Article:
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Testing the pecking order theory: the importance of methodology

  • Dimitrios Vasiliou
  • Nikolaos Eriotis
  • Nikolaos Daskalakis

Purpose – The purpose of this paper is to show that different methodologies may lead to different implications about the validity of the pecking order theory. Design/methodology/approach – Using data from Greek firms as a starting-point, the paper first investigates whether they follow the financing pattern implied by the pecking order theory and then illustrates that conclusions concerning the pecking order should be carefully shaped by researchers, as the methodology used can be misleading. Two different information sources are used; the first is data derived from the financial statements of the Greek firms listed in the Athens Exchange, while the second comprises the answers to a detailed questionnaire. Findings – It is shown that a negative relationship between leverage and profitability does not necessarily mean that the pecking order financing hierarchy holds. Analysis should not rely solely on the mean-oriented regression quantitative analysis to test the pecking order theory, as it refers to a distinct hierarchy. Research limitations/implications – Further research should focus on investigating the reasons that underlie actual firm financing. Practical implications – The fact that the pecking order is actually a hierarchy makes research in this field more complex. Analysts should consider this special feature of the pecking order approach when analyzing the existence of the pecking order financing pattern. The methodology followed is of crucial importance in the analysis of the existence of the pecking order financing pattern. Originality/value – To the authors' knowledge, this is the first paper to test the pecking order pattern of financing using simultaneously quantitative and qualitative data, and to compare results and conclusions drawn from these two different types of methodology.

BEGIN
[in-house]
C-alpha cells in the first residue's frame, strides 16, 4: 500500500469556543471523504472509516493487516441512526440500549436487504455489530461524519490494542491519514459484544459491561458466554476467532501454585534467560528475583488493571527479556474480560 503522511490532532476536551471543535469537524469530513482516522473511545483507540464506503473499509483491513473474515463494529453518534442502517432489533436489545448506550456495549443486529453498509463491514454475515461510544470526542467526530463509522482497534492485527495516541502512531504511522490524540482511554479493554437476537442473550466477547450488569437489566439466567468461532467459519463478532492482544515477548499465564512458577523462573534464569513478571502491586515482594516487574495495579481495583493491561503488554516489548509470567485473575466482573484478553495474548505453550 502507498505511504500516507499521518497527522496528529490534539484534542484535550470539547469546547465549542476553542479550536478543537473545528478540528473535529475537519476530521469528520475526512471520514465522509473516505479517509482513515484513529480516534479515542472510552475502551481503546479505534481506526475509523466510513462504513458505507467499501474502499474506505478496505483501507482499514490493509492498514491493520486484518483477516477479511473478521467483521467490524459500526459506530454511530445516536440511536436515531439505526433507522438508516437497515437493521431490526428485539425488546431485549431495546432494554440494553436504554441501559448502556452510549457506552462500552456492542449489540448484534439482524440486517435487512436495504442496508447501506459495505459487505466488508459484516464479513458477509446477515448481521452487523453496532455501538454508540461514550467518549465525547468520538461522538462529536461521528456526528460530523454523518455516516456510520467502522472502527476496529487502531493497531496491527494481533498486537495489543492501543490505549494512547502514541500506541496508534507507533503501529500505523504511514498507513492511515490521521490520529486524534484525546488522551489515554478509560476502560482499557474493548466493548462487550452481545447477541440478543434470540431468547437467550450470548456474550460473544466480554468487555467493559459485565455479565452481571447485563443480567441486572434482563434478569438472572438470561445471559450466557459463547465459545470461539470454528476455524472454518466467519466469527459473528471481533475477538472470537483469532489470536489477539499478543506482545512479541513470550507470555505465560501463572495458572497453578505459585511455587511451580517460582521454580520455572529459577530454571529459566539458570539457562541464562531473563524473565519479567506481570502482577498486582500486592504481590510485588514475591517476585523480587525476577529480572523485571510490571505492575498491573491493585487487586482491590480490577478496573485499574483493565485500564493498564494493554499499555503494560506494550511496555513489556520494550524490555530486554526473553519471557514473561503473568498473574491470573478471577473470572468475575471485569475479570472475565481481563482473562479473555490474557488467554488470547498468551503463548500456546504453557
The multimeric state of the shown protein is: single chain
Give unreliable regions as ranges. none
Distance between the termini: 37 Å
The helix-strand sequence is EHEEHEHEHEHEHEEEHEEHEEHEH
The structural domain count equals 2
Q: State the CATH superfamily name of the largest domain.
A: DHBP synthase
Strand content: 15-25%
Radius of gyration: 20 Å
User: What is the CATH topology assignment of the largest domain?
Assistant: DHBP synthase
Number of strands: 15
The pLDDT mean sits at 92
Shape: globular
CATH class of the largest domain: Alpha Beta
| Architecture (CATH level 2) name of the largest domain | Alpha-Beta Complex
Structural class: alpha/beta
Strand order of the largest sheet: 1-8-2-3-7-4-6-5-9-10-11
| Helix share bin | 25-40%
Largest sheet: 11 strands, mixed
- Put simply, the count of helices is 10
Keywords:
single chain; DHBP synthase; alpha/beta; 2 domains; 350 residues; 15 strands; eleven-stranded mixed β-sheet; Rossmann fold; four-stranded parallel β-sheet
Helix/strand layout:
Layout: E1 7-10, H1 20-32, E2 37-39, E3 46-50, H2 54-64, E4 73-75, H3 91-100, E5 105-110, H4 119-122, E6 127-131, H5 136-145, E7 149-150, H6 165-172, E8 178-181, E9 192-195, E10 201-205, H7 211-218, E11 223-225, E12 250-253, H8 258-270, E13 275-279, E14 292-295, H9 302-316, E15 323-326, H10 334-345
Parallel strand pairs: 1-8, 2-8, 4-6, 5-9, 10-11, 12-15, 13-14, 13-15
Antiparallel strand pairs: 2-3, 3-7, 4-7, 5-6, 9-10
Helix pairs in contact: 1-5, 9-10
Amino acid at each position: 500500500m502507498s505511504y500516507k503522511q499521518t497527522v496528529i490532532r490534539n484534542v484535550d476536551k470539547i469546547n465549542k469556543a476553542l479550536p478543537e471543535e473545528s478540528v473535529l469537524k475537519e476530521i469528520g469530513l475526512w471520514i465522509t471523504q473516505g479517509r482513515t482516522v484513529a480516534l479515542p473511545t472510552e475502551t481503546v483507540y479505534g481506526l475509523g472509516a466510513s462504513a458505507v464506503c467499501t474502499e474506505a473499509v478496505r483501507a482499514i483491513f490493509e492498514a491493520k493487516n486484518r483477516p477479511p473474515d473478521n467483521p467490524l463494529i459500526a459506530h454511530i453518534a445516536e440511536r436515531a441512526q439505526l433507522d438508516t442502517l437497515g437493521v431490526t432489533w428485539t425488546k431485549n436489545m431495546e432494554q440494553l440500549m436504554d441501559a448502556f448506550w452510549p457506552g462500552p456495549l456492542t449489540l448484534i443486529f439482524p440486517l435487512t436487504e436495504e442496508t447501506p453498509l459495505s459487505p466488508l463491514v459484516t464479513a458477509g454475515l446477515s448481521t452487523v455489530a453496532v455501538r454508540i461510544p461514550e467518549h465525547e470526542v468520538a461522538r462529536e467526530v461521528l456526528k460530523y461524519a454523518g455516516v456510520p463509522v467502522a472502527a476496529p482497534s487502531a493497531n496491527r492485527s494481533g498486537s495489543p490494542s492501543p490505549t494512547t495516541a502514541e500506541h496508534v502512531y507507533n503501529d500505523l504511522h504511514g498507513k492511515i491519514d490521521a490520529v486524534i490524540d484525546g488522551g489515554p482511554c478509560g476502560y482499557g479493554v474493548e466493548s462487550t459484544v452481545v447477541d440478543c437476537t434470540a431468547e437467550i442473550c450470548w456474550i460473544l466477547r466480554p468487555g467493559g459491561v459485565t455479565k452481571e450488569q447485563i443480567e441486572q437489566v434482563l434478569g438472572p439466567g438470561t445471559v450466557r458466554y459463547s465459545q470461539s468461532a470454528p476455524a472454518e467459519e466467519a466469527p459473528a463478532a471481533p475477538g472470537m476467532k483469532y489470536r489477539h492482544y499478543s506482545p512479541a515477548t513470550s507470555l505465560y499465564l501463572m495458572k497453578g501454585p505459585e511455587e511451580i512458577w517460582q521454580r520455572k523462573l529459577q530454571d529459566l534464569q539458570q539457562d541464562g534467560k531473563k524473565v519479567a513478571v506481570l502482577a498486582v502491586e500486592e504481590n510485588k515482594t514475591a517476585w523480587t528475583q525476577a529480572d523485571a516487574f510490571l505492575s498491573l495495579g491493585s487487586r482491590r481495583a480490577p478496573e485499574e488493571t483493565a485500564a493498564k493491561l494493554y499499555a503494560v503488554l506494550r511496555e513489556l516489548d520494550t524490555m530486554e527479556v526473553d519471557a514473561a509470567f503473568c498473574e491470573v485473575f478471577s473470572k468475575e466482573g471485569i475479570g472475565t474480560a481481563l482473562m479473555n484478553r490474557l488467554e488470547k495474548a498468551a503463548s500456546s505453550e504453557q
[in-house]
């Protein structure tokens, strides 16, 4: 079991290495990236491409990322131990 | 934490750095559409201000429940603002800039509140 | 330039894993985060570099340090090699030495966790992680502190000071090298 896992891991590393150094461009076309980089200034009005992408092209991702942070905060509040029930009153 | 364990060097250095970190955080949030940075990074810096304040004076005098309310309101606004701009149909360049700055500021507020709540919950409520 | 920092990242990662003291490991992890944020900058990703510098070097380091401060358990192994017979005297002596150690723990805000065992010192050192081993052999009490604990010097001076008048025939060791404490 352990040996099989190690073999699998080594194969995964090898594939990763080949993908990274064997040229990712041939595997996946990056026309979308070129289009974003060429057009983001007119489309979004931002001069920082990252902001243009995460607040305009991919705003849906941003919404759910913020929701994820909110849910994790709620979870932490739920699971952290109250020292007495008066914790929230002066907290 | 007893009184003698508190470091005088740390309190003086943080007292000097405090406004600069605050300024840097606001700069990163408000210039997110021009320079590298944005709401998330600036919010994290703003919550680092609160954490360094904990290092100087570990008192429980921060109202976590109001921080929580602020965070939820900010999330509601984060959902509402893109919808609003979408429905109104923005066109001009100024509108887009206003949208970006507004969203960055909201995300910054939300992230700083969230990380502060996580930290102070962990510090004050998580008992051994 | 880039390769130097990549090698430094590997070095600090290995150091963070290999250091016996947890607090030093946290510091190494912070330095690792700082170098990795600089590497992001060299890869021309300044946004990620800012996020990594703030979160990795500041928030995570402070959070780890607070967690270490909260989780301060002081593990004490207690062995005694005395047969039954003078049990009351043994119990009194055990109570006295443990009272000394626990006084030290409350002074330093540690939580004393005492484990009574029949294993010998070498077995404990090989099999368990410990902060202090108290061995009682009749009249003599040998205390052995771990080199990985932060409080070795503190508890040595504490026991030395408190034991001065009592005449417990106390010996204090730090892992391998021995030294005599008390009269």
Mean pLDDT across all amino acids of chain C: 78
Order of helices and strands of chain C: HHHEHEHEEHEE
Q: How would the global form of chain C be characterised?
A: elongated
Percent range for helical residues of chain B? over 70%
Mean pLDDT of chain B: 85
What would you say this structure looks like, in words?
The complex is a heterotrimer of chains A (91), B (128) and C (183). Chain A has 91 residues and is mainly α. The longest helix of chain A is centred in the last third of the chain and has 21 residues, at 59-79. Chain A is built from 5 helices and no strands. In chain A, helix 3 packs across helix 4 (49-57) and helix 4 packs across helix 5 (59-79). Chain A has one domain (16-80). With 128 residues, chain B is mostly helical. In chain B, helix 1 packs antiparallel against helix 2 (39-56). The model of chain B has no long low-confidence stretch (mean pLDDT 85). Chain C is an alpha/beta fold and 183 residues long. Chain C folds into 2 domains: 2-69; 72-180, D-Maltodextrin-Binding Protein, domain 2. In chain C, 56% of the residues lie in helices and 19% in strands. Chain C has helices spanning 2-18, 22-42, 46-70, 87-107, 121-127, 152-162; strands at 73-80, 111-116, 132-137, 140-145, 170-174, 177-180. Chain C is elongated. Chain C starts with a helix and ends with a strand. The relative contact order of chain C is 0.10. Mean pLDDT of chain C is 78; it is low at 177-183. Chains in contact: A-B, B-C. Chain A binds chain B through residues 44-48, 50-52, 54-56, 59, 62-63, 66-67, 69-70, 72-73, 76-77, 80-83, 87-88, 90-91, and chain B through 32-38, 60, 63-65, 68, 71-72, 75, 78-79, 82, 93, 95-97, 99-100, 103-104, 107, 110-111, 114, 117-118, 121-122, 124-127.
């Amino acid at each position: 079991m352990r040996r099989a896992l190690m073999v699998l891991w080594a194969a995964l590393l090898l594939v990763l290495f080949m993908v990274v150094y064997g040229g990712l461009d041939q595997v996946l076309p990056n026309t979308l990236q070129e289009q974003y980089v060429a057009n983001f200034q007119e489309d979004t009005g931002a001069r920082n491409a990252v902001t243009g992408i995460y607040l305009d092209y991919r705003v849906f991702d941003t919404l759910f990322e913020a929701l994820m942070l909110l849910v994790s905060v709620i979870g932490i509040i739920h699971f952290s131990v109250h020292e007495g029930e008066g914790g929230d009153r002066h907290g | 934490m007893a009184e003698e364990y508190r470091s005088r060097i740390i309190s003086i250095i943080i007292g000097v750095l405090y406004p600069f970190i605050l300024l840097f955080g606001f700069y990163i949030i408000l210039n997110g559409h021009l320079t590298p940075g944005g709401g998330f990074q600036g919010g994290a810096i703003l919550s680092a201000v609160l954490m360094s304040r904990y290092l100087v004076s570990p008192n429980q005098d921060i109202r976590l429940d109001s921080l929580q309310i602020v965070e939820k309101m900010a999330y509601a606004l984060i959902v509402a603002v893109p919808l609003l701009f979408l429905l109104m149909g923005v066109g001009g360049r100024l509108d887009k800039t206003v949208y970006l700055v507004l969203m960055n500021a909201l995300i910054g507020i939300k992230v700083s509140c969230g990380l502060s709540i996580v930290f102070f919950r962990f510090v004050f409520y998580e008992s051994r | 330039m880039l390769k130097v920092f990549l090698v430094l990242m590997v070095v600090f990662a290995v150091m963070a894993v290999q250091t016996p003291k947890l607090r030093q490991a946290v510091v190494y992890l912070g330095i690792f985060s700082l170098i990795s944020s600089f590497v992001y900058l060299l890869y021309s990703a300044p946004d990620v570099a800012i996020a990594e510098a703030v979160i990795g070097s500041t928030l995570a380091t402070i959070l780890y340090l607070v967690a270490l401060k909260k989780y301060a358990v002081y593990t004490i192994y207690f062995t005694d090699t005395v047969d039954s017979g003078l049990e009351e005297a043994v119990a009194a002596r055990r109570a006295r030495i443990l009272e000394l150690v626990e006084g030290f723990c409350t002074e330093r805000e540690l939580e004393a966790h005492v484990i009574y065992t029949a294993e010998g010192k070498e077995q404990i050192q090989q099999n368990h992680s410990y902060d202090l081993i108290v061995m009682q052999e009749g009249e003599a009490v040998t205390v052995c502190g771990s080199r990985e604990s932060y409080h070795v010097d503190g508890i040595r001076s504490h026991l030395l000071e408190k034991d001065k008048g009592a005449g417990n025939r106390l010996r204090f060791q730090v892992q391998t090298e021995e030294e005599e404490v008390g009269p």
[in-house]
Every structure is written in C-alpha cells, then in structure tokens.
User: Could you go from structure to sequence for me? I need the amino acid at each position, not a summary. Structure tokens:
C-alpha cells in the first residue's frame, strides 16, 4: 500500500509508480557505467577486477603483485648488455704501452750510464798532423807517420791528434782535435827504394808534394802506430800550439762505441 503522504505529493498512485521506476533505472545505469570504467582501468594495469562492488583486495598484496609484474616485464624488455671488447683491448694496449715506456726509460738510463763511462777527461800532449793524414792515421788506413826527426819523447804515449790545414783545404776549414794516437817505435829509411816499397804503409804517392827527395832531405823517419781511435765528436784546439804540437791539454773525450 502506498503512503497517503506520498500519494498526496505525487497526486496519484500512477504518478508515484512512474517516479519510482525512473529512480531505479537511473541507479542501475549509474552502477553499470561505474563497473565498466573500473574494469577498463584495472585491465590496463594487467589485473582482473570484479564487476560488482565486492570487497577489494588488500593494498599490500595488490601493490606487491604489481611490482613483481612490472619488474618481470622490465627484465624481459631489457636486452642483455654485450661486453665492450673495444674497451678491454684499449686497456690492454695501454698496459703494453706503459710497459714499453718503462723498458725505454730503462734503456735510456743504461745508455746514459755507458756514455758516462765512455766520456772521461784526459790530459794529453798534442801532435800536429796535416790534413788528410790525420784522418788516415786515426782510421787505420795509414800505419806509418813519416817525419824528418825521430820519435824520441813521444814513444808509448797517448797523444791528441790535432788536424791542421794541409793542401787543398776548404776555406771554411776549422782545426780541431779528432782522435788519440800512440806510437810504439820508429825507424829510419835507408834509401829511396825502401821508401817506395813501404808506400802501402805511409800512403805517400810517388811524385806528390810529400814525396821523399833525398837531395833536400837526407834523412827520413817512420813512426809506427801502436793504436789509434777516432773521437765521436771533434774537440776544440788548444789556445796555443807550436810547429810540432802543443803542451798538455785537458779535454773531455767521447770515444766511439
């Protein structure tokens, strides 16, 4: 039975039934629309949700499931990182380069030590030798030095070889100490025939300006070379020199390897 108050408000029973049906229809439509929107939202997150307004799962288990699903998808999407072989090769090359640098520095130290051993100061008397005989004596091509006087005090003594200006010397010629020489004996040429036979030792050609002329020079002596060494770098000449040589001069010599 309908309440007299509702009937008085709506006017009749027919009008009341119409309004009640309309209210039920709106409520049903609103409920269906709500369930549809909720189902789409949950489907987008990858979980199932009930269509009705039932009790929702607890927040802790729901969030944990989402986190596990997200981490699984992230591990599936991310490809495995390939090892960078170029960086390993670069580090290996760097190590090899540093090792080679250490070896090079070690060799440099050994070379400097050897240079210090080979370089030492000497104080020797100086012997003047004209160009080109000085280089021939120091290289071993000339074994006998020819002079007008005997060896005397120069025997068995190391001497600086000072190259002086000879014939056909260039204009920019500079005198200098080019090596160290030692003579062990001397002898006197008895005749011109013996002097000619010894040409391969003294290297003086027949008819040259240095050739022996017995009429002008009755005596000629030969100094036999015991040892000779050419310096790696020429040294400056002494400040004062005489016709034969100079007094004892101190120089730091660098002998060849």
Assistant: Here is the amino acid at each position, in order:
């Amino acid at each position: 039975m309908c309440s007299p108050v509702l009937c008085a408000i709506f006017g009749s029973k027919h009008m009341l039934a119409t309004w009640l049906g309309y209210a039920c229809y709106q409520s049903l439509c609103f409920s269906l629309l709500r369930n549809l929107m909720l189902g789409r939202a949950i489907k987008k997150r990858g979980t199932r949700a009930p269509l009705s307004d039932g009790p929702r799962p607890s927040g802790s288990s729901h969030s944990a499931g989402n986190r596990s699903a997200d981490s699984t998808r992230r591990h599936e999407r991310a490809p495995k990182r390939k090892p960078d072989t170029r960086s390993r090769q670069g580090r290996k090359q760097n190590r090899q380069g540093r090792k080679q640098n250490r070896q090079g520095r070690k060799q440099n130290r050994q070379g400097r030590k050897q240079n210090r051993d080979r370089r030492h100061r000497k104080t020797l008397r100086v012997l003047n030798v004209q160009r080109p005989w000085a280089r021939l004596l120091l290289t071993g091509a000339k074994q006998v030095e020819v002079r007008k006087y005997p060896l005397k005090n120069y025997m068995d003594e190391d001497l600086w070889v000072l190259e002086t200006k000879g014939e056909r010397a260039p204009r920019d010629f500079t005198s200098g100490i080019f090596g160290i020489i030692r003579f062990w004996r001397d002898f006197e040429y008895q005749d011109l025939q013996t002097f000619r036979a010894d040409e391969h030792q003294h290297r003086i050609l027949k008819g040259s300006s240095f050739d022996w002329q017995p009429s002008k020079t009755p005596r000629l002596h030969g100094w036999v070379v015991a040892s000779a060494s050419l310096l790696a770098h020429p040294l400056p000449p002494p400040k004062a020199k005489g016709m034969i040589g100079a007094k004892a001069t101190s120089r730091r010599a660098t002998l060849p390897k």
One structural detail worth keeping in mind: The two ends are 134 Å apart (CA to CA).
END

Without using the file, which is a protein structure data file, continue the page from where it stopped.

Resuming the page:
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Article provided by Emerald Group Publishing in its journal Qualitative Research in Financial Markets.

Volume (Year): 1 (2009)
Issue (Month): 2 (June)
Pages: 85-96

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Handle: RePEc:eme:qrfmpp:v:1:y:2009:i:2:p:85-96
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  1. Chirinko, Robert S. & Singha, Anuja R., 2000. "Testing static tradeoff against pecking order models of capital structure: a critical comment," Journal of Financial Economics, Elsevier, vol. 58(3), pages 417-425, December.
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  3. Shyam-Sunder, Lakshmi & C. Myers, Stewart, 1999. "Testing static tradeoff against pecking order models of capital structure," Journal of Financial Economics, Elsevier, vol. 51(2), pages 219-244, February.
  4. de Miguel, Alberto & Pindado, Julio, 2001. "Determinants of capital structure: new evidence from Spanish panel data," Journal of Corporate Finance, Elsevier, vol. 7(1), pages 77-99, March.
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  7. Myers, Stewart C., 1984. "Capital structure puzzle," Working papers 1548-84., Massachusetts Institute of Technology (MIT), Sloan School of Management.
  8. Frank, Murray Z. & Goyal, Vidhan K., 2003. "Testing the pecking order theory of capital structure," Journal of Financial Economics, Elsevier, vol. 67(2), pages 217-248, February.
  9. Brounen, Dirk & de Jong, Abe & Koedijk, Kees, 2006. "Capital structure policies in Europe: Survey evidence," Journal of Banking & Finance, Elsevier, vol. 30(5), pages 1409-1442, May.
  10. Lee, Inmoo & et al, 1996. "The Costs of Raising Capital," Journal of Financial Research, Southern Finance Association;Southwestern Finance Association, vol. 19(1), pages 59-74, Spring.
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  12. Stewart C. Myers, 1984. "Capital Structure Puzzle," NBER Working Papers 1393, National Bureau of Economic Research, Inc.
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